Russ Roberts

Tyler Cowen on The Complacent Class

EconTalk Episode with Tyler Cowen
Hosted by Russ Roberts
For the People, By the People ... Blame the Millennials...

Complacent%20Class.jpg Author and economist Tyler Cowen of George Mason University talks with EconTalk host Russ Roberts about his book, The Complacent Class. Cowen argues that the United States has become complacent and the result is a loss of dynamism in the economy and in American life, generally. Cowen provides a rich mix of data, speculation, and creativity in support of his claims.

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Podcast Episode Highlights

Intro. [Recording date: March 2 8, 2017.]

Russ Roberts: Tyler's latest book is The Complacent Class: The Self-Defeating Quest for the American Dream, which is our topic for today.... What do you mean by 'the complacent class?'

Tyler Cowen: That something is wrong in America and there is less urgency about solving that problem than[?] ever before. And in some critical regards, social change has slowed down. We are less innovative, less mobile, and more segregated. That would be the nutshell version. I could give you some examples.

Russ Roberts: So, to me--and this is my only, the intellectual problem I have with the book. Of course, I have quibbles here and there; there are a lot of fascinating ideas in it. But, to me, your definition of complacency is more a description of statis, a case of a reduction in dynamism. Which certainly you write about a lot in the book. But I don't sense the distinction between a less dynamic, more stable economy and a complacent one. So, tease that out a little bit for us.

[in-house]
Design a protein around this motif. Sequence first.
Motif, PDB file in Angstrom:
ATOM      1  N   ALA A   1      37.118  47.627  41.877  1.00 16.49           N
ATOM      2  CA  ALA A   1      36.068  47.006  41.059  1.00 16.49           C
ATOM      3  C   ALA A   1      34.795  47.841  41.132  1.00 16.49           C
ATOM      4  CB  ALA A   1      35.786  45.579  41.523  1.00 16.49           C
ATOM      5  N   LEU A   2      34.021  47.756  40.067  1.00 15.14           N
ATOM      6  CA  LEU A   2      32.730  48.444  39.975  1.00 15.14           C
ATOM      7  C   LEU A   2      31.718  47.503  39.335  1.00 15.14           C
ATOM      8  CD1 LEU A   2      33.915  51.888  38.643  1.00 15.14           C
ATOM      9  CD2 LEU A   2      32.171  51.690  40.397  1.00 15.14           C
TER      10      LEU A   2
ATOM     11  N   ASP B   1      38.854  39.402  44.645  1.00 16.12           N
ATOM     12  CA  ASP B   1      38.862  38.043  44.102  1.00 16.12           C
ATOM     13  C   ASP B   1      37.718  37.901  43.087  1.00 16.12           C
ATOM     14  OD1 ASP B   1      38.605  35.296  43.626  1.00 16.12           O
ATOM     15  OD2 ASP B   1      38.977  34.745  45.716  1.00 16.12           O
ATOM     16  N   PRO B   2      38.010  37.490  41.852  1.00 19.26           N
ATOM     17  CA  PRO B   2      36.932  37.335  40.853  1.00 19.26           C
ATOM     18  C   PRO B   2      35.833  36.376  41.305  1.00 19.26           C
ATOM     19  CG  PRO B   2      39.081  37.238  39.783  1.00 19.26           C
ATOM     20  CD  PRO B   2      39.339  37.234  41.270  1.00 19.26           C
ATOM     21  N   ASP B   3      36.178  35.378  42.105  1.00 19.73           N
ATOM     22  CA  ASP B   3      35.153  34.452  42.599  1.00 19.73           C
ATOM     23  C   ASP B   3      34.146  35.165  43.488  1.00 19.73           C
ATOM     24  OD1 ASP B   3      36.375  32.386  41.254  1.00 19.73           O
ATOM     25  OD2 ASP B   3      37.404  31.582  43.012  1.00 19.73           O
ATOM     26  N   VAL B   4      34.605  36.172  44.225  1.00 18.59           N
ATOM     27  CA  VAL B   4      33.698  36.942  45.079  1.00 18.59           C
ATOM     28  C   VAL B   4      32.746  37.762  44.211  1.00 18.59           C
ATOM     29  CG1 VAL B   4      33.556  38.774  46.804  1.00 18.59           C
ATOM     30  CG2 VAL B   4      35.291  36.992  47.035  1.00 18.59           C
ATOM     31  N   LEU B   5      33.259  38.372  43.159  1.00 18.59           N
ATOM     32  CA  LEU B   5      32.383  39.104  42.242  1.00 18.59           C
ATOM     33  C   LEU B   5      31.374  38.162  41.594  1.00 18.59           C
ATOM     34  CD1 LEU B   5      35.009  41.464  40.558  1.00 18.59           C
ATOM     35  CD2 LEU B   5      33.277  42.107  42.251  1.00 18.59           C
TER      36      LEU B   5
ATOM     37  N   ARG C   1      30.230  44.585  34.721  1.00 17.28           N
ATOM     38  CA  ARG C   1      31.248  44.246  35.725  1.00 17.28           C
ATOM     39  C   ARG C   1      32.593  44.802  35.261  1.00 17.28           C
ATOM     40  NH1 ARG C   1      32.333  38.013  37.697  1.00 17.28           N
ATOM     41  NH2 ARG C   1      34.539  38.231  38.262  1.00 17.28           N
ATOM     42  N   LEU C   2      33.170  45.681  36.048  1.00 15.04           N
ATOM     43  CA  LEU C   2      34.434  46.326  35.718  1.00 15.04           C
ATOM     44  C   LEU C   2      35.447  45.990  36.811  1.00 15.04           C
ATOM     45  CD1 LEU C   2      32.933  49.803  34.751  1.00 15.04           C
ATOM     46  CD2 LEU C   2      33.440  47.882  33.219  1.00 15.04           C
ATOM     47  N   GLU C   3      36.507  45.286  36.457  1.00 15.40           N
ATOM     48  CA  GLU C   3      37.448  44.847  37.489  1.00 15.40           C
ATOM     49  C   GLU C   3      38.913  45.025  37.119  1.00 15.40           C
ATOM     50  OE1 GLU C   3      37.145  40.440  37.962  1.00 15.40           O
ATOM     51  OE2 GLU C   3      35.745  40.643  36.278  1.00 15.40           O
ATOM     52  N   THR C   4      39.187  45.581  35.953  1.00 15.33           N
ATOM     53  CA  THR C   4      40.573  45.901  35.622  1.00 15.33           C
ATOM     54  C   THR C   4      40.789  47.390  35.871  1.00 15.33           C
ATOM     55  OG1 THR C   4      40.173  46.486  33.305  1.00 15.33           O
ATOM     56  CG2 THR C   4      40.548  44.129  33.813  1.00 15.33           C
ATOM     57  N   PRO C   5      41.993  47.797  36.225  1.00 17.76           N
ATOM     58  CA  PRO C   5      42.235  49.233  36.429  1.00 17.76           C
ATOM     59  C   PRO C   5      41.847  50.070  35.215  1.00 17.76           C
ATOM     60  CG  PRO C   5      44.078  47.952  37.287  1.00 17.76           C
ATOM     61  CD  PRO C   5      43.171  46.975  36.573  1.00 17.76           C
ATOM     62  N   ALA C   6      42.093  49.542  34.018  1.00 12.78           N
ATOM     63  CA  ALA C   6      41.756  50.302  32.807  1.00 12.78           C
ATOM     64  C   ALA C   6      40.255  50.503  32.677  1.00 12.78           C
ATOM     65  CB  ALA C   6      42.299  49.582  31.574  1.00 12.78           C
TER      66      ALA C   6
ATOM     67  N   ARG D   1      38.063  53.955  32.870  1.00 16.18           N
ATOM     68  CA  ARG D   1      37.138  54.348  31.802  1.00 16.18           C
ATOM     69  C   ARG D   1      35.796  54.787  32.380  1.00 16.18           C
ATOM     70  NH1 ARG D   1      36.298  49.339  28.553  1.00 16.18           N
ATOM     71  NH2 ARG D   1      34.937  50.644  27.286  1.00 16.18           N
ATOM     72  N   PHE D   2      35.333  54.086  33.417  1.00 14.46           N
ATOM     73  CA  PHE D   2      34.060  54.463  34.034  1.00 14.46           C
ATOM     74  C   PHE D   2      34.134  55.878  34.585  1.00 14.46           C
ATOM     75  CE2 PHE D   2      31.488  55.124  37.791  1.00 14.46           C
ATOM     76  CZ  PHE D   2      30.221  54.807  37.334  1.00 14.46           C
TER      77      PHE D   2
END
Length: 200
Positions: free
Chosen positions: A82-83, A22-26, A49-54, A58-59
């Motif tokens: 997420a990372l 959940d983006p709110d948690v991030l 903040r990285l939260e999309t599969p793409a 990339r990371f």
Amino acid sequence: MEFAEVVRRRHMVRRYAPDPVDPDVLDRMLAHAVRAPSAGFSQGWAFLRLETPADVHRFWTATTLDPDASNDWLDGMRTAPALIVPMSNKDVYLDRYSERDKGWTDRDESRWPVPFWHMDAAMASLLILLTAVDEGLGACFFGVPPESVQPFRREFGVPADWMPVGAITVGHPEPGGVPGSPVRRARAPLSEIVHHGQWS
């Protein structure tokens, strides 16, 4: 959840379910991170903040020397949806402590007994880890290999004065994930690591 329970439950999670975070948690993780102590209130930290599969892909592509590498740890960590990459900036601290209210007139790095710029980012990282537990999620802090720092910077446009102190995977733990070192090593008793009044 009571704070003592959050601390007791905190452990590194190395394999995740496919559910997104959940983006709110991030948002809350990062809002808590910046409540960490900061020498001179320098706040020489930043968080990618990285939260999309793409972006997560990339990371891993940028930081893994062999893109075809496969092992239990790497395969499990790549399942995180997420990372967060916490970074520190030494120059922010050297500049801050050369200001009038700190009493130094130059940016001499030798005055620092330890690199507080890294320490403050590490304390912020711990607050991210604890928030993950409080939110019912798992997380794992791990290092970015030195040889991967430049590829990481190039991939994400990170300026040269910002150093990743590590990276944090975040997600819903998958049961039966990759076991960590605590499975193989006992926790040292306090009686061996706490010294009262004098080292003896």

Tyler Cowen: The rate of productivity growth in the United States has had periods of being higher and lower in American history. In a lot of the late 19th century it's not even clear according to the numbers that our rate of productivity growth was always so high. Yet American society was not complacent. We had a frontier mentality, an immigrant mentality; we were very likely to move across state lines; we were willing to accept a lot of risk. And that in turn helped us later on, get the rate of productivity growth up higher. But I see today it's a culture where younger people are more willing to keep on living with their parents, less interested in buying a car, more likely to aspire to being on Disability as a kind of future, and less interested in, you know, protests and social change than, say, they were in the 1960s or in the 1970s. Those to me are all signs of complacency.

Russ Roberts: So, one argument against that, which you make in the book--I don't think you agree with it--but part of this is sort of the result of the fact that life's pretty good; we're richer than we used to be. And one could view this as what economists call an income effect--meaning something we want more of as we get wealthier, and certainly as we get wealthier one of the things we want more of is safety. We want more stability. Is that part of the answer? Or the explanation?

Tyler Cowen: That is part of what drives complacency. But I don't think the choice to be more complacent is welfare maximizing for society as a whole. So, there's an external social benefit to risk taking, both in a lot of economic models and in my argument. A way of looking at our current problems is that everyone slows down change, in the longer run someone has to pay the bills; and we're not doing a very good job of that, I would say.

Russ Roberts: Well, some of that's politics. We'll come to that.

Tyler Cowen: Oh, of course. But politics reflects us.

Russ Roberts: No, no, no; I'm agreeing with you. But what interests me about your central thesis of the book is that in many ways it's a cultural claim that could be explained partly by economic factors. But you are mainly talking about what's happened to America culture over the last 40 or 50 years. Is that accurate?